The Titanic, Belfast & The Halifax Diaries

Original story posted on Travel Maritimes, November 2016. 

Once described by Lonely Planet as one of the ‘four B’s’ (Beirut, Bagdad and Bosnia), Belfast has a complicated past (and present) fuelled by a century of religious feuds of Catholic vs Protestants. I ventured there to explore Titanic Belfast, recently announced as Europe’s Leading Visitor Attraction at this year’s World Travel Awards. Titanic Belfast has provided a link to the tragic past of the RMS Titanic to over three million visitors from around the world since its’ opening just four years ago.

… As the smart ship grew in statue, grace and hue, In shadowy silent distant grew the iceberg too.
– The Convergence of the Twain (Lines on Loss of the ‘Titanic’) By Thomas Hardy

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The connection between Halifax and Belfast is just as contrasting as the two cities. In Belfast, it’s a celebration of the construction of the world’s ‘unsinkable ship,’ whereas in Halifax, it’s a commemoration of the more than 1,500 lives lost at sea. The sinking of the grand ship is considered one of the greatest marine disasters in recorded history.

People from the Maritimes have heard and have been taught the story of the Titanic all their lives; we feel a deep connection and an almost inherited proudness around our response to the tragedy. When word of the ships sinking reached Nova Scotia shores on April 15th, 1912, the North Atlantic was dark, frigid and choppy; almost as if she was upset by the horrific fate of the 882-foot-long vessel. The Halifax-based cable repair ship the Mackay-Bennett was the first to receive the call; they were contracted by the White Star Line, the same company who owned and built the Titanic, to go search for life after the wreckage.

Due to the rough, tempestuous seas, notoriously littered with shipwrecks and thick fog known to frequent the Maritimes, it took the barge four days to reach the wreckage. Was all hope lost?

The rescue mission mostly recovered frozen lifeless bodies. Among those pulled from the frigid temperatures of the Atlantic included; John Jacob Astor IV, the richest man on the ship and at the time, in the world; Isidor Straus, co-owner of Macy’s Department Store in New York and the body of an unknown infant child. When the boat returned to Halifax shores, all the bodies were sent to the temporary morgue at the Mayflower Curling Club rink to be identified, buried or collected by relatives. Only 1 in 5 passengers lost at sea were ever found.

Understandably, the rescuers were so distraught by the discovery of the small child and the overall mental toil of the rescue mission that the entire crew paid for the infants burial at Fairview Lawn Cemetery as well as a headstone, out of their own wages. The copper plaque on the tombstone reads, ‘Our Babe.’ The crew, as well as most of the population of Halifax attended the burial of the child on May 4, 1912. In heart aching sadness, we banded together in solidarity for those who survived and those who were lost.

The Cemetery, located between Windsor St and Lady Hammond Rd in Halifax, has 121 victims of the ship buried, more than anywhere else in the world. In May and early-June 1912, there were upwards of 40 funerals performed daily in Halifax for the victims. There’s actually a gravesite for a J. Dawson, where fans of the James Cameron movie speculated was Jack Dawson (Leonardo Di Caprio), the lead character from the 1997 blockbuster. When the movie came out, ticket stubs from adoring fans could be found lying at the base of the grave. Could this be where James Cameron drew his inspiration from?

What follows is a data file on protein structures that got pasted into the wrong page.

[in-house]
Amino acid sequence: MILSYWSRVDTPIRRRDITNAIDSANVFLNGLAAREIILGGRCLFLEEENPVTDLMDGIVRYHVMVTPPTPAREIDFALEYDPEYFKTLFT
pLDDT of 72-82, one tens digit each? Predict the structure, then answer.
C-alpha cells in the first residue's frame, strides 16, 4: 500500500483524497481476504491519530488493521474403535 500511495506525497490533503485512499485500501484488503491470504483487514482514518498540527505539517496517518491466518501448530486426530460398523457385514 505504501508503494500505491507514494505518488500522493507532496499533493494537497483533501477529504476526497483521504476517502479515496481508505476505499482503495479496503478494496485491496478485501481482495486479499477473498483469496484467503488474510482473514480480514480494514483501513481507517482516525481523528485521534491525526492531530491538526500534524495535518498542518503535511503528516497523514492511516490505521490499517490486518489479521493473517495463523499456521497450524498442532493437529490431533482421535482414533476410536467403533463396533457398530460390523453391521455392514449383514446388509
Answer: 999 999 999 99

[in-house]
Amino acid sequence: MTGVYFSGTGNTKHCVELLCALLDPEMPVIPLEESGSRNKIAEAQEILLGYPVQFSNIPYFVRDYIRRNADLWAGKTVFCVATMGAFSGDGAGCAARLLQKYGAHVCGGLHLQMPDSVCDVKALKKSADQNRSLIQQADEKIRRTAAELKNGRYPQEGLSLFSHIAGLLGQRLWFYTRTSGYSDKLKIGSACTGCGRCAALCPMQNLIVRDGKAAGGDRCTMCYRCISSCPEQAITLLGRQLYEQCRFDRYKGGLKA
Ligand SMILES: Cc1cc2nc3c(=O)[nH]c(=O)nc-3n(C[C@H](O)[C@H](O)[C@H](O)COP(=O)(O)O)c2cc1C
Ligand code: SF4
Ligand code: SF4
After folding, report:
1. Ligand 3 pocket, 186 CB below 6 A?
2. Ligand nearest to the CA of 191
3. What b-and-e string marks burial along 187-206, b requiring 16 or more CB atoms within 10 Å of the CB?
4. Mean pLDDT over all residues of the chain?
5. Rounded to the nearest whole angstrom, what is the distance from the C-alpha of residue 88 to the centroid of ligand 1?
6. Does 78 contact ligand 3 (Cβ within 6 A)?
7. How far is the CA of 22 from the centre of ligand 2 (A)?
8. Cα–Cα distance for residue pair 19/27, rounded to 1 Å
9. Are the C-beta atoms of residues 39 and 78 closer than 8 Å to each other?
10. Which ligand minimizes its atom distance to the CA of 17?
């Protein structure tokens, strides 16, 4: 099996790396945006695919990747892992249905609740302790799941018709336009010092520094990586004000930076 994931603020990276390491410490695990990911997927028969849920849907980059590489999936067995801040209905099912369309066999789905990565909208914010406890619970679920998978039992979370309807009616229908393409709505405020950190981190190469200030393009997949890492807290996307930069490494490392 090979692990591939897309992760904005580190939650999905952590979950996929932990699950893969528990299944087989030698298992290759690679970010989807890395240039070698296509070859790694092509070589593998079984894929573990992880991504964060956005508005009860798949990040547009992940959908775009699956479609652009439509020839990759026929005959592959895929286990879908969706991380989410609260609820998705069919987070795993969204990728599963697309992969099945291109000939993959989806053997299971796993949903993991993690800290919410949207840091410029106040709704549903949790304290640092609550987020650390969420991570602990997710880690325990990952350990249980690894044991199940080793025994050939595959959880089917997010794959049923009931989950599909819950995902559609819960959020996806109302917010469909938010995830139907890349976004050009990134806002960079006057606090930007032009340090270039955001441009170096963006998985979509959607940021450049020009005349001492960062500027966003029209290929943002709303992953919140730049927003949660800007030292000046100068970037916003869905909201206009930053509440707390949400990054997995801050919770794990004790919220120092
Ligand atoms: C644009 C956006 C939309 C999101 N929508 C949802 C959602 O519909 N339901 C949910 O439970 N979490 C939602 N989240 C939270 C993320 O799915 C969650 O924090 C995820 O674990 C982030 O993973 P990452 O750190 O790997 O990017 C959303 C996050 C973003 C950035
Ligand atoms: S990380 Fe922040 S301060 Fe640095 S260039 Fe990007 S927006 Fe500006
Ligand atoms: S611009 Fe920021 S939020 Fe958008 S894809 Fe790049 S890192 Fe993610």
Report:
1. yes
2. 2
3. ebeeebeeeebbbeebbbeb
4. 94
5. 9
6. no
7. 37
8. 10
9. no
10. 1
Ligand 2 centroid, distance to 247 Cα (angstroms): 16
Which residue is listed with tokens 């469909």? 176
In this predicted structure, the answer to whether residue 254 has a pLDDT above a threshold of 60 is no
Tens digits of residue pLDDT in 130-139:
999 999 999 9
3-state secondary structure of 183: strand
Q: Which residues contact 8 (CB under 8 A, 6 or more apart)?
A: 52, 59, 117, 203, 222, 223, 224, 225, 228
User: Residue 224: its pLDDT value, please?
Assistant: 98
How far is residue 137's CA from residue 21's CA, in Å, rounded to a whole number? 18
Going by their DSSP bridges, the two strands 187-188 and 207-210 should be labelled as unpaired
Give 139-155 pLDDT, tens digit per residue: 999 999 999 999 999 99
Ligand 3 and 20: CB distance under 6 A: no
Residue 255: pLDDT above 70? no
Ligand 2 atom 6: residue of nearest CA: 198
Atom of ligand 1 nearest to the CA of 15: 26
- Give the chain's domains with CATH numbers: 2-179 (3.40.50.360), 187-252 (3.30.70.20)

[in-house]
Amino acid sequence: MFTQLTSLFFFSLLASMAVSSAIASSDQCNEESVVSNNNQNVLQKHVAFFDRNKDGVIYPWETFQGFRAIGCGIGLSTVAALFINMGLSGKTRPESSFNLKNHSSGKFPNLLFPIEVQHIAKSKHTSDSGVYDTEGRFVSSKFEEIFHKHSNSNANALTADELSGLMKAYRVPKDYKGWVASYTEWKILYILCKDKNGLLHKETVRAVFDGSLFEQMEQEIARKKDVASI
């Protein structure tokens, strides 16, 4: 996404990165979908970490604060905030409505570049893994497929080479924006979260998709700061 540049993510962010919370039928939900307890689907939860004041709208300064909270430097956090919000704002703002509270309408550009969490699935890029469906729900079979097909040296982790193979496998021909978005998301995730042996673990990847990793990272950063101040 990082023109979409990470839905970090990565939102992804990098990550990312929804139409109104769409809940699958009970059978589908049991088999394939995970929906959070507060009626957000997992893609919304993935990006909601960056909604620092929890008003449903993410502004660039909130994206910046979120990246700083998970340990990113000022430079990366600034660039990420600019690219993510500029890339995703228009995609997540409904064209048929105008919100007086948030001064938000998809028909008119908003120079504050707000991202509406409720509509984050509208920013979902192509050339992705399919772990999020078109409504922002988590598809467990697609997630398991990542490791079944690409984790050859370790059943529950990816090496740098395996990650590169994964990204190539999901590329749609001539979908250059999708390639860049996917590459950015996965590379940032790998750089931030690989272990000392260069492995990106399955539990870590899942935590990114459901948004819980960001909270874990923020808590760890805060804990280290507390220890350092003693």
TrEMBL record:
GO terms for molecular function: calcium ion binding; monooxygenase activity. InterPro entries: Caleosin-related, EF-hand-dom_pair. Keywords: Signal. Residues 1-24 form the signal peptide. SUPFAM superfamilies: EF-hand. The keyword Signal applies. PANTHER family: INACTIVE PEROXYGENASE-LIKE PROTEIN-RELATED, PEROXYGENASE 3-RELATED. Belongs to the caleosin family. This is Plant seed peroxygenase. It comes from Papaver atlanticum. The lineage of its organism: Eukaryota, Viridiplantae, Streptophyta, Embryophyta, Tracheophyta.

J Dawson was actually, Joseph Dawson, a 23-year-old Irish worker from Dublin who laboured in the ships’ coal room keeping the furnaces burning during the voyage, which never reached its’ destination.

The 705 survivors of Titanic went to New York, the intended end of the voyage, whereas those who perished at sea were sent back, frozen to Halifax.

The ship’s final resting place has now become a UNESCO underwater cultural site and lies 600km off the southeast coast of Newfoundland, approximately 12,600 feet underwater.


At the museum, there’s a section called the Halifax Diaries which is an interactive touch screen story detailing the personal accounts from passenger, Frederic Hamilton’s diary as well as a timeline of the rescue efforts. The showcase describes the chaos and mass confusion surrounding the ship and includes articles with misleading headlines from papers around the world.

The exhibition sheds light on the heroic effort made by Nova Scotian’s during the rescue. When reading the articles, and mentions of Halifax, our people and their support efforts during the turmoil, you can’t help but feel a massive sense of pride surging through your chest. Nova Scotian’s are resilient and have always been known for their generosity, it’s a great feeling to see an entire section dedicated to Halifax.

I spoke with one of the exhibition staff and explained I was from Halifax; he told me he’d never met someone from there before, but since starting work at the museum he now wants to visit and uncover the other history of the iconic ship. Hopefully the museum will be an economic opportunity for Nova Scotia and a chance for us to show our hospitality and final resting place of the world’s unsinkable ship.

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